Well, I think Gracie has some light thrush on her hooves.
They are a little softer than usual, and there's some sticky white gunk up at the very top. There is also a little bit of white by the frog.
So, what sorts of things can I do, besides cleaning her hooves out every day? Is there a solution I can apply (someone suggested very diluted bleach) to the frog and the outer hoof? Or should I go ahead and buy a commercial product?
Can you post some pictures? The environment plays a large part in the hardness/softness of the hoof. If it is thrush, keep her area as clean of manure and urine as possible. Make sure she is up to date with the farrier, as mechanical issues can contribute to thrush. Make sure she has a dry place to stand.
A lot of people on this forum swear by Tomorrow Dry Cow for treating thrush. There are many remedies that work much better than bleach, but you should do a little research, as some of them can be hard on healthy tissue, too.
I don't have pictures right now, but I can try to get some. Her stall is cleaned once a day, and she is on turnout several hours a day. She is pretty messy in her stall, but it does get that once-a-day cleaning, and I usually pick it out when I'm there.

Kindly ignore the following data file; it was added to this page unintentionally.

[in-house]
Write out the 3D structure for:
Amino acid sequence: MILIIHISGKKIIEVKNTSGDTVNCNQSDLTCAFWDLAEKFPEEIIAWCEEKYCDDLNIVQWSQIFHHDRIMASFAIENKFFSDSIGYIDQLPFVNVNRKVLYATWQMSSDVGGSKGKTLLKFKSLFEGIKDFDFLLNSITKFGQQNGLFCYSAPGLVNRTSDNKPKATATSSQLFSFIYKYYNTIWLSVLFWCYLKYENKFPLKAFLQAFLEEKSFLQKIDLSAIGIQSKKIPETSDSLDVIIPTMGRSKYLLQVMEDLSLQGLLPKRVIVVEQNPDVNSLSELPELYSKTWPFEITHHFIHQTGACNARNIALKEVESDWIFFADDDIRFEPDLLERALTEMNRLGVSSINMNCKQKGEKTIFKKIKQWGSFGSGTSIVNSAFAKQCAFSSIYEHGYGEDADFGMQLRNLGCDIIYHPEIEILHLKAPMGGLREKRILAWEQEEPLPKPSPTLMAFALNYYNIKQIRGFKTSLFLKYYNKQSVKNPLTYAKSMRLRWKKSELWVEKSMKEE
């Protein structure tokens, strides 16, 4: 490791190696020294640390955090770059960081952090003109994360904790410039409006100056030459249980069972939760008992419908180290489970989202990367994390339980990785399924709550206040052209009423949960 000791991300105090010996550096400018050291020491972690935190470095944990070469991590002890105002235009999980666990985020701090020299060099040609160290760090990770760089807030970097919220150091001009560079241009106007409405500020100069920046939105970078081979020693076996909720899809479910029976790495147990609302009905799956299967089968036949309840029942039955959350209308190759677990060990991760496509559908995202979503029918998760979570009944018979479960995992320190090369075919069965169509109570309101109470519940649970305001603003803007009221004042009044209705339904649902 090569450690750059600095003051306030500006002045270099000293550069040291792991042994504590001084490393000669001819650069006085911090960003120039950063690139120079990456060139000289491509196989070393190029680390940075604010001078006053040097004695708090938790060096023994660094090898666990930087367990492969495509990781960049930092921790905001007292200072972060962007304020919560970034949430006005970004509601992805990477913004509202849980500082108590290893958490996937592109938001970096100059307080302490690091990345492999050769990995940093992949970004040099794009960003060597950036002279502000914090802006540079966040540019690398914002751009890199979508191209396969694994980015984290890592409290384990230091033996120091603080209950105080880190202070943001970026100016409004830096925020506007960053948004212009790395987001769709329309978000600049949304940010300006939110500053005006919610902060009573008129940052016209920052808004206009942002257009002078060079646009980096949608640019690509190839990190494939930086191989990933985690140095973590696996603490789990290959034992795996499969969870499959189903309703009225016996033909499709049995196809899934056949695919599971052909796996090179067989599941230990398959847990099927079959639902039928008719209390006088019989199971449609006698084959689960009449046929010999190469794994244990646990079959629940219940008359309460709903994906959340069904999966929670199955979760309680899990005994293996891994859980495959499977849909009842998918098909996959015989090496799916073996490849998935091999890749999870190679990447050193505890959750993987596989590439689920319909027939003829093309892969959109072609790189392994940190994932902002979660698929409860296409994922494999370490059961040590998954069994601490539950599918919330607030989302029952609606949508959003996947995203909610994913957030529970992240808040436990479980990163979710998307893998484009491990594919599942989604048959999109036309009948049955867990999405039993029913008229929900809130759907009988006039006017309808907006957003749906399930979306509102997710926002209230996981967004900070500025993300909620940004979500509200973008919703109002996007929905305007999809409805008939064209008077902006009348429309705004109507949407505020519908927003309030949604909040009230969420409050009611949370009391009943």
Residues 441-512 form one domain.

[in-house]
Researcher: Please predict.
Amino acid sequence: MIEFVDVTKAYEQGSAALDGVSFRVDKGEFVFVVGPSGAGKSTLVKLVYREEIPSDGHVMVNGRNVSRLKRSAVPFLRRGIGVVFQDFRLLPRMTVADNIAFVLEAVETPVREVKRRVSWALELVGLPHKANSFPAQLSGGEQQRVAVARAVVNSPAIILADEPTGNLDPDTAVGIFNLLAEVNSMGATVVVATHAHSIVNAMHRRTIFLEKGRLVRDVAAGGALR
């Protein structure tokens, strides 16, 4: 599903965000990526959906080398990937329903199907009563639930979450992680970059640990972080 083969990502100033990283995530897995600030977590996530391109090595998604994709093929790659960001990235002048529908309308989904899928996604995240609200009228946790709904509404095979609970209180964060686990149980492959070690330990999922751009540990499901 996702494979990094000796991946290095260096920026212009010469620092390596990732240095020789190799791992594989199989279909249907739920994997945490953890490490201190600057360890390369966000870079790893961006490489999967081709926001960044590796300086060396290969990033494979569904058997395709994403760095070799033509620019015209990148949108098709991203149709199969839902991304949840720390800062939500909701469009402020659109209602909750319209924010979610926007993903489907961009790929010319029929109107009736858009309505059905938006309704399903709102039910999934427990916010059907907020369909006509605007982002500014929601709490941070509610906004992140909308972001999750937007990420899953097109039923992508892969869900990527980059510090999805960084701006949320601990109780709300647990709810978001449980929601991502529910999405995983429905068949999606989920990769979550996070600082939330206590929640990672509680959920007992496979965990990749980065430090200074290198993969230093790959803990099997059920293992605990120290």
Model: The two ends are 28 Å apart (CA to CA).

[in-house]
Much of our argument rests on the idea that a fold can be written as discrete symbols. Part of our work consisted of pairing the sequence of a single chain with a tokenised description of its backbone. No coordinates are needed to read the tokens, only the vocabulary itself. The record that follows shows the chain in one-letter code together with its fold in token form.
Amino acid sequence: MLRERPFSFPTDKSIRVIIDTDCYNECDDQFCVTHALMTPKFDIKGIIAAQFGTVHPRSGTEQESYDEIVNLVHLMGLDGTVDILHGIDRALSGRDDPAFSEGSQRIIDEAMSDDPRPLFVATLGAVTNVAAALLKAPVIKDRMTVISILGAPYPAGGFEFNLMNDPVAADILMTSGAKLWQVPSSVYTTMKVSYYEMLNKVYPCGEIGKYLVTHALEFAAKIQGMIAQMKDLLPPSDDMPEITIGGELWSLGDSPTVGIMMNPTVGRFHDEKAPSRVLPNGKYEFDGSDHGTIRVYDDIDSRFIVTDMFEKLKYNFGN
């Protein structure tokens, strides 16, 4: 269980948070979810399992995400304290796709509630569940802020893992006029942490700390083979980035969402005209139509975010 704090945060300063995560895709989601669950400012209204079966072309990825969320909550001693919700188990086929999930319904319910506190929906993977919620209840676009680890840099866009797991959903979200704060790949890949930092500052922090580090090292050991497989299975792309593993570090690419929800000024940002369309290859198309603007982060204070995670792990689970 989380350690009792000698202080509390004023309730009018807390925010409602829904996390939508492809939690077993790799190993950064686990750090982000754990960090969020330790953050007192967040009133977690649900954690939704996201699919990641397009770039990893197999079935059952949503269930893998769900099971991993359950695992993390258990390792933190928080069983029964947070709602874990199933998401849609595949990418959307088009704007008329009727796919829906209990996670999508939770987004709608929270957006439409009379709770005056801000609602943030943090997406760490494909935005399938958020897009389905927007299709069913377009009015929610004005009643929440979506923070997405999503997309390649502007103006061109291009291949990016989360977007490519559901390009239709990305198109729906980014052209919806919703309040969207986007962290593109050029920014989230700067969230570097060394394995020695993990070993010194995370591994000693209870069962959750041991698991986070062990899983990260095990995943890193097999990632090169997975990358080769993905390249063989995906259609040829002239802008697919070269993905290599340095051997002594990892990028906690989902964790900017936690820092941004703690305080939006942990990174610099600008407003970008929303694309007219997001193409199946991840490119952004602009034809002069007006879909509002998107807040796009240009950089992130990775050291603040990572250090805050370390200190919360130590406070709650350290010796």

Thank you for your suggestion: I will look into that.
Tonight I cleaned her stall, cleaned her feet, washed them out with Dawn dish soap and water, and made sure they were totally dry before putting her back in her stall. Hopefully doing this every night will solve the problem; otherwise I will buy some commercial product.
The farrier comes every six weeks, and I think he is due this week. I will ask him and my trainer about her feet and see what else I can do.
Sounds good. Your farrier should be a great resource.
Buy a squirt bottle and a big bottle of the amber colored Listerine. Once you have cleaned the hooves with dawn then soak them real good with the Listerine and give time to dry before turning out.
I set the squirt bottle on the ground at each hoof. As I finish rinsing off the dawn I reach over for the squirt bottle and saturate the hoof before setting it back down to head for the next hoof. Some people will take 1 gallon ziploc bags and cover the outside of them with duct tape for protection. Fill the bag a quarter of the way then stick the hoof in it, let their foot down then tape the bag around the leg enough to keep it on. Let all four legs stand in them at the same time for about 15 minutes then remove and send on their way.
Just a couple more ideas I've had passed on to me that might help you.
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